The success of the internet is largely due to a set of standards which define the internet protocol (IP). Prior to IP, communication systems required their own domains, each with unique protocols and infrastructure.
The key advantage of IP is that it acts as a foundation for multiple communication systems to interoperate over the same domain.
Many of the current systems of automation and control reside on proprietary domains which do not use IP. The installed base of such proprietary domains is often extensive and cannot easily be replaced. Such systems may be connected to the internet, but a gateway and (often bespoke) control software are needed to interface with IP-based IT infrastructure.
However, data from proprietary protocols can be carried over IP-based IT infrastructure, if a suitable framework can be devised. This would allow the existing installed base of proprietary domains to communicate seamlessly with newly installed infrastructure based on IP connectivity.
The advantage is that the information from existing domains can easily be shared between and through public internet infrastructure to trusted cloud servers.
The ability to make such devices become accessible over the internet is known as the Internet of Things (IoT). Implementing effective IoT solutions often requires a more multidisciplinary approach, including the following considerations:
- An understanding that IoT security is systemic
- An awareness that interoperability is critical
- A systematic approach to testing
- A thorough cost/benefit analysis
- Comprehensive documentation
- An understanding of performance benefits
Open Connectivity Foundation (OCF) is a standardisation organisation specifying a set of technologies designed to make such IoT systems a reality. The aim is to provide a framework for carrying data from existing automation domains over IP, while providing device discovery, on-boarding, resource discovery, and control in a highly secure manner.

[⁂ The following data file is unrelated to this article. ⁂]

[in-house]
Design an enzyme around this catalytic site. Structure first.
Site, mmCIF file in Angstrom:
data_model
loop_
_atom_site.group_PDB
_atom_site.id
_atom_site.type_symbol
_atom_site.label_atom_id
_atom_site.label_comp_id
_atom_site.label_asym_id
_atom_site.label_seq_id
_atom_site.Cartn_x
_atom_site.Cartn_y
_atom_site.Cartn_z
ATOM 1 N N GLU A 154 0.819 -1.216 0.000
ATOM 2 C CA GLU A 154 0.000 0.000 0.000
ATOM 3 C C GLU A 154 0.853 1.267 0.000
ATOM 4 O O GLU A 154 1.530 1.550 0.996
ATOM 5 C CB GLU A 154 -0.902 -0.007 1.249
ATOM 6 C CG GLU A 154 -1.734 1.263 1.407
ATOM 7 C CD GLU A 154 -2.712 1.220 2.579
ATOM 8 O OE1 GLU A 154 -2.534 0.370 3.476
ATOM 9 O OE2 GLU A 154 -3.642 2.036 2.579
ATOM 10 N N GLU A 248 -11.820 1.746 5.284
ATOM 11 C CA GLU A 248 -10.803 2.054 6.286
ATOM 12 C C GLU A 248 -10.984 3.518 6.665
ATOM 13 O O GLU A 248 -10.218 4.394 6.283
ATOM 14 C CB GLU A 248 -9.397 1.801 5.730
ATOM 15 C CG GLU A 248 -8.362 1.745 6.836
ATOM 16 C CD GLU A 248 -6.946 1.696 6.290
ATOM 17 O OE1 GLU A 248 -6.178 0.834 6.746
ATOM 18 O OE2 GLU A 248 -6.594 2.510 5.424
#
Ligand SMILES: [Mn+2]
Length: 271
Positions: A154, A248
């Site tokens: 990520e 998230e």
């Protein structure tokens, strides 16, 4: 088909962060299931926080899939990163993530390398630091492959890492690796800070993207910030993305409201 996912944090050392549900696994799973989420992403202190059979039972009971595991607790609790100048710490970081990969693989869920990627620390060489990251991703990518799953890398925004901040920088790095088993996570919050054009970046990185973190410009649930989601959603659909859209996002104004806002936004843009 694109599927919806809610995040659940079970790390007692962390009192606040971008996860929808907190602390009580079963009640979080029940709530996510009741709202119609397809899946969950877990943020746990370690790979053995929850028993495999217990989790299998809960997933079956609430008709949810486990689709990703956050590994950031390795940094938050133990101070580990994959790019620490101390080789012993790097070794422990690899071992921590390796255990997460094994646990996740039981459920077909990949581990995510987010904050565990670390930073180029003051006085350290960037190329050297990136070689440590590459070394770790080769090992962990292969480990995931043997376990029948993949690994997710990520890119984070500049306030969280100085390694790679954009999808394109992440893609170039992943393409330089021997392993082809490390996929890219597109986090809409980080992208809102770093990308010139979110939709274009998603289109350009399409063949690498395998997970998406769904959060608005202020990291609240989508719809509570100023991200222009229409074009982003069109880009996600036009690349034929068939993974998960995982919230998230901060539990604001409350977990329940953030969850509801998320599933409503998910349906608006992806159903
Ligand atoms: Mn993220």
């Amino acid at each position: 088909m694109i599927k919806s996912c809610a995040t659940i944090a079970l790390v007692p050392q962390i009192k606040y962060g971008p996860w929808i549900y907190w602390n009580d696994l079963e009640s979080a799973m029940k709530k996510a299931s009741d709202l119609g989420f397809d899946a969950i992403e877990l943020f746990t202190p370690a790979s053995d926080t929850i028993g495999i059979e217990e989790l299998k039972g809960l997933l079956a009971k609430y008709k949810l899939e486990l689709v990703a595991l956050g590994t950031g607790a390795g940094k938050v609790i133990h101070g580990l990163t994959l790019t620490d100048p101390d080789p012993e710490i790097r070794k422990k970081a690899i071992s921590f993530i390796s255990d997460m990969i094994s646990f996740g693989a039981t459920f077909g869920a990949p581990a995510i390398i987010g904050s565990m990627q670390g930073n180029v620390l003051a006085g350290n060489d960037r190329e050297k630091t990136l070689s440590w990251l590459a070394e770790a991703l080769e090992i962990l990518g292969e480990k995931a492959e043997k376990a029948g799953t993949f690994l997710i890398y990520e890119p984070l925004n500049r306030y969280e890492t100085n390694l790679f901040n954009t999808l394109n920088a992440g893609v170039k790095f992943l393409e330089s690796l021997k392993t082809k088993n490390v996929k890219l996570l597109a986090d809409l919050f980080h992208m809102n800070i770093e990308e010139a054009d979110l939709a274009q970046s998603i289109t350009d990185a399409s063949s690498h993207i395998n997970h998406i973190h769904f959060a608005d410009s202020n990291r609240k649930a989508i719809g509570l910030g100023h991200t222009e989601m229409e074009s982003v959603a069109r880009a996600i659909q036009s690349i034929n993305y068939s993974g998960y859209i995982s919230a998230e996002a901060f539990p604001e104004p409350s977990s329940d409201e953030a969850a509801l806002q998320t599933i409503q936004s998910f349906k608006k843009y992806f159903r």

The specification is IP-based, and is built upon a large set of international standards defined by the Internet Engineering Task Force (IETF) for a sound technical basis. The concept behind the OCF architecture is that application usage of the underlying software stack should be simple.
This is enabled by leveraging the representational state transfer (REST) model; the simplicity of which enabled mass adoption of Web services and is well known by today’s application developers. To make the stack more suitable for small devices, the HTTP is replaced by its binary variant CoAP, and the JSON data is compressed in CBOR to achieve smaller data transfers. All data transfers are secured by industry standard datagram transport layer security (DTLS).
The OCF specification can be used in various deployment scenarios, for example:
- Communication between peers on the local (proximal) network
- Communication between devices on the proximal network and cloud entities
- Communication between cloud entities
By providing true IoT interoperability and world-class security, OCF allows for the best mix of wired/wireless connectivity solutions to be chosen for the desired application, while enabling automation decisions to be made based on information from multiple domains.
Such decision-making can now utilise a mix of local and/or cloud-based computing and analytics (such as Artificial Intelligence) to improve the efficiency with which we use our infrastructure.
This allows operators to both cut costs and to develop new revenue streams through business model innovation and without being hampered by the lead time and development cost of the secure communication framework.
A longer, more detailed version of this article is available online under the same heading. Visit www.smart-energy.com